Inheritance is a setting that allows a group to inherit all of the permissions nodes that have been set for a previous group, true or false. Inheritance is a list format category. For more information about list formats, please see the guide to Understanding YAML.
It is important to remember that settings that are listed last have precedence over settings listed first when parsed.
The users section of your config.yml is where you define which users belong to a group other than the default, and if any users have custom permissions and settings. There are two categories for each user: groups and permissions.
The groups category is a list format category, with one list item per group a user is in. Users can exist in multiple groups, and as with nodes will derive their precedence in the order the groups are listed.
The permissions category can be used to define custom permissions nodes for each user in the case that you have an exception of a permission you would like to specify outside of the normal group settings.
Below is an example of a users entry.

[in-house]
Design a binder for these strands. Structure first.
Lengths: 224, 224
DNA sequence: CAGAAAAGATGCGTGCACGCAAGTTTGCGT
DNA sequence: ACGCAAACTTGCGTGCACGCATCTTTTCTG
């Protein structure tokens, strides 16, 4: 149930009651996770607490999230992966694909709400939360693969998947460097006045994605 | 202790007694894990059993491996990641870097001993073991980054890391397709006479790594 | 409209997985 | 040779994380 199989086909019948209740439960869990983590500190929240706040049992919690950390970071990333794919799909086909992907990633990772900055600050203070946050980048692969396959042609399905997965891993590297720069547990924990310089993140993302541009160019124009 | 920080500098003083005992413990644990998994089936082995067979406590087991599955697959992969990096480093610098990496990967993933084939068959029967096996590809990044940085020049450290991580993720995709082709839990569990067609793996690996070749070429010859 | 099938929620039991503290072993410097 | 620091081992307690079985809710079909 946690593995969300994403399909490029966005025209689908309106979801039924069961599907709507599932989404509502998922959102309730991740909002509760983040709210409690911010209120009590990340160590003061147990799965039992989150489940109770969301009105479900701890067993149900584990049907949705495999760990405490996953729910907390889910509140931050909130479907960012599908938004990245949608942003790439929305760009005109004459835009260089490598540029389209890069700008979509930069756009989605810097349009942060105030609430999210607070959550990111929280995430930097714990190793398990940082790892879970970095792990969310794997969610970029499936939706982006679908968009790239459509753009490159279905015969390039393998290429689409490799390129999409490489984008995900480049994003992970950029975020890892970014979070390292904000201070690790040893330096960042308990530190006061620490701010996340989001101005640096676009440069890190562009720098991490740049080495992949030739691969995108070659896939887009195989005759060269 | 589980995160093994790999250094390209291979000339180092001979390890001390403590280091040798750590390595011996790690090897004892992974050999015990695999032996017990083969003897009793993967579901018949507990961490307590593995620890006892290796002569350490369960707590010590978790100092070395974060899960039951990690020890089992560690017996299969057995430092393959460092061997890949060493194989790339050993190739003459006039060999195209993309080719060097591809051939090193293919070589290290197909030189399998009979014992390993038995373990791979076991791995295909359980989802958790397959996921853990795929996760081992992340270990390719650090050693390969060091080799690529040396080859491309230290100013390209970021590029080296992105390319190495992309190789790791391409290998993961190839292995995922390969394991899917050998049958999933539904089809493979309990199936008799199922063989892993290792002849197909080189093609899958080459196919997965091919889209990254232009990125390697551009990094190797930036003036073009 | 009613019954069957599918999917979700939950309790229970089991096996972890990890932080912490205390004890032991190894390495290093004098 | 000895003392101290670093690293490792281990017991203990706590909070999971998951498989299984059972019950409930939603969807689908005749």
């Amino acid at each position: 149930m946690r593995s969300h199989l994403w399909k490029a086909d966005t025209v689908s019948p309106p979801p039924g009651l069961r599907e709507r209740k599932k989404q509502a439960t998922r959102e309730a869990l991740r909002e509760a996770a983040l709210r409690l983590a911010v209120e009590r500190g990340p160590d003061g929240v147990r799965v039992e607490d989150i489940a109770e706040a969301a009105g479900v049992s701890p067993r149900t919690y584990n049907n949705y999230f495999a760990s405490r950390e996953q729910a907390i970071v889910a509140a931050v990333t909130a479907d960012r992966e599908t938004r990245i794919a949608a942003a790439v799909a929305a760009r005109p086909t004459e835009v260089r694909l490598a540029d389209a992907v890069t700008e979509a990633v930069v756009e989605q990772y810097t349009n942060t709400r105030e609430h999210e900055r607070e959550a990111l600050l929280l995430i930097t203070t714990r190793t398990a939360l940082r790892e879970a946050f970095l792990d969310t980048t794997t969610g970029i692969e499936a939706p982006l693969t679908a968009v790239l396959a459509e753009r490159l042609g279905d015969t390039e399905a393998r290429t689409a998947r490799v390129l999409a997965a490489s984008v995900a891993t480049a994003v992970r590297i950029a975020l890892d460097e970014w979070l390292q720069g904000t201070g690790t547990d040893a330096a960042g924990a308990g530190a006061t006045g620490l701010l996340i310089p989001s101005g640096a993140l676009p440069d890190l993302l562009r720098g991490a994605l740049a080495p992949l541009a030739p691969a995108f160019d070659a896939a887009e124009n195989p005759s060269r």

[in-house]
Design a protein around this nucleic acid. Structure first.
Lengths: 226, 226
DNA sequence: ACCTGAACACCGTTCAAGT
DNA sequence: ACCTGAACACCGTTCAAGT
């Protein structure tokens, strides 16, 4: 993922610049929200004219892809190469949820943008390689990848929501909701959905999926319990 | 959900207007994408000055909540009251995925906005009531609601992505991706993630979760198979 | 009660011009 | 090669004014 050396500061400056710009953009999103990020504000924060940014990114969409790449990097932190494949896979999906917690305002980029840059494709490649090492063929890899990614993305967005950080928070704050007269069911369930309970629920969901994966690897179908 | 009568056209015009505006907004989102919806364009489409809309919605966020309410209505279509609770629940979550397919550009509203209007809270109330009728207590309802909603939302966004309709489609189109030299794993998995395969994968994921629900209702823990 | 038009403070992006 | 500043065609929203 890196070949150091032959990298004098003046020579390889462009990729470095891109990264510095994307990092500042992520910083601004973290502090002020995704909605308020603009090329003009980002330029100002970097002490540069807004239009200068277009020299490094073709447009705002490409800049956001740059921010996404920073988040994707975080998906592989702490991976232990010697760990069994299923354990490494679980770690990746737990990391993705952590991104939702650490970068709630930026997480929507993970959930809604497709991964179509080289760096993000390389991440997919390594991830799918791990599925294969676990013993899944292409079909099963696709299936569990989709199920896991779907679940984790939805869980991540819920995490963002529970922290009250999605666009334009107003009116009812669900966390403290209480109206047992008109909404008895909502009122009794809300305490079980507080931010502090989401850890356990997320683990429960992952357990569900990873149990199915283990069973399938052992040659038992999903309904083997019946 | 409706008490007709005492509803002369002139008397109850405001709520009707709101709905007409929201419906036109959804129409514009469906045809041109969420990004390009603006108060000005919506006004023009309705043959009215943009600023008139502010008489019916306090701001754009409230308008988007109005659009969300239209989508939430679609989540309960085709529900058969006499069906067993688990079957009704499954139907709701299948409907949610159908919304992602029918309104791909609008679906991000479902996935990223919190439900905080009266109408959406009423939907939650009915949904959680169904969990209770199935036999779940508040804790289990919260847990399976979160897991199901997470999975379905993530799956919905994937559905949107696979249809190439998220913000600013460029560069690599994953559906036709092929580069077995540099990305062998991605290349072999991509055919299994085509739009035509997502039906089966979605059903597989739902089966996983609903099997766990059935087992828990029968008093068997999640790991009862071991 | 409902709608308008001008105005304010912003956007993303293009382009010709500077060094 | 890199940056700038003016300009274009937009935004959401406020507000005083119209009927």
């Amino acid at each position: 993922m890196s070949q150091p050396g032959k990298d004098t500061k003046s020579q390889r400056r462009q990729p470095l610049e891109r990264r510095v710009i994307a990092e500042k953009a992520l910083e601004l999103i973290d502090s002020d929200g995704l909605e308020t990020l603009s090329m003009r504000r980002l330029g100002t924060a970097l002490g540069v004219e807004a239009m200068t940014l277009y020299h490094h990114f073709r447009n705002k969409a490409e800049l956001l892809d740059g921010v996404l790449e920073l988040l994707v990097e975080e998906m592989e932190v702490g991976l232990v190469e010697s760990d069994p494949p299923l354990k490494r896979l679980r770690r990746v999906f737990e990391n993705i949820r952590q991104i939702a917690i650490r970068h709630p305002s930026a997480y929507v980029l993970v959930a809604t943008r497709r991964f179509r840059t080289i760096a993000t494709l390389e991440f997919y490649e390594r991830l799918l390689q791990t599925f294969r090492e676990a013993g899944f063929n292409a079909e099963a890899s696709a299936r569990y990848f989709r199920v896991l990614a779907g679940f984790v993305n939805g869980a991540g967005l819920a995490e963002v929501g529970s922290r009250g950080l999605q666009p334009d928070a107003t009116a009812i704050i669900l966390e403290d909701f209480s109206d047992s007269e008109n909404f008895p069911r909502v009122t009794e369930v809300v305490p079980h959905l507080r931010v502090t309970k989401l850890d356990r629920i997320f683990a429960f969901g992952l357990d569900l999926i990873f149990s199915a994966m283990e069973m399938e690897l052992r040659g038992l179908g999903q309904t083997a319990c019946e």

users: Wahrheit: permissions: permissions.example: true groups: - user Slantykins: permissions: permissions.example.two:true groups: - admin
Users not defined in your file will have the permissions specified in the first group listed in your file.
The messages section of your config.yml is where you define any messages associated with permissions that are denied to override the defaults. Messages are defined as strings for each permissions node and require apostrophes ('example') to function properly. They support Color Codes.
Notes for Defining * Nodes
The nodes with asterisks do not function with PermissionsBukkit like they do with Permissions. You cannot define a single asterisk node and have it blanket all plugins for users or groups, you must define pluginname.* or if the author does not support that you will need to write out individual permissions (and scold the lazy author). Depending on the plugin you can also include pluginname.subgroup.*, and some plugins treat pluginname.subgroup as a wildcard for all nodes within that subgroup.
Setting up permissions.yml
Your permissions.yml file is not actually where you save the configuration for PermissionsBukkit, it is used as a kind of shortcut for your config.yml by creating new nodes out of groups of nodes and settings. This file is blank by default, so we will be walking you through an example config.yml for PermissionsBukkit and permissions.yml file as well.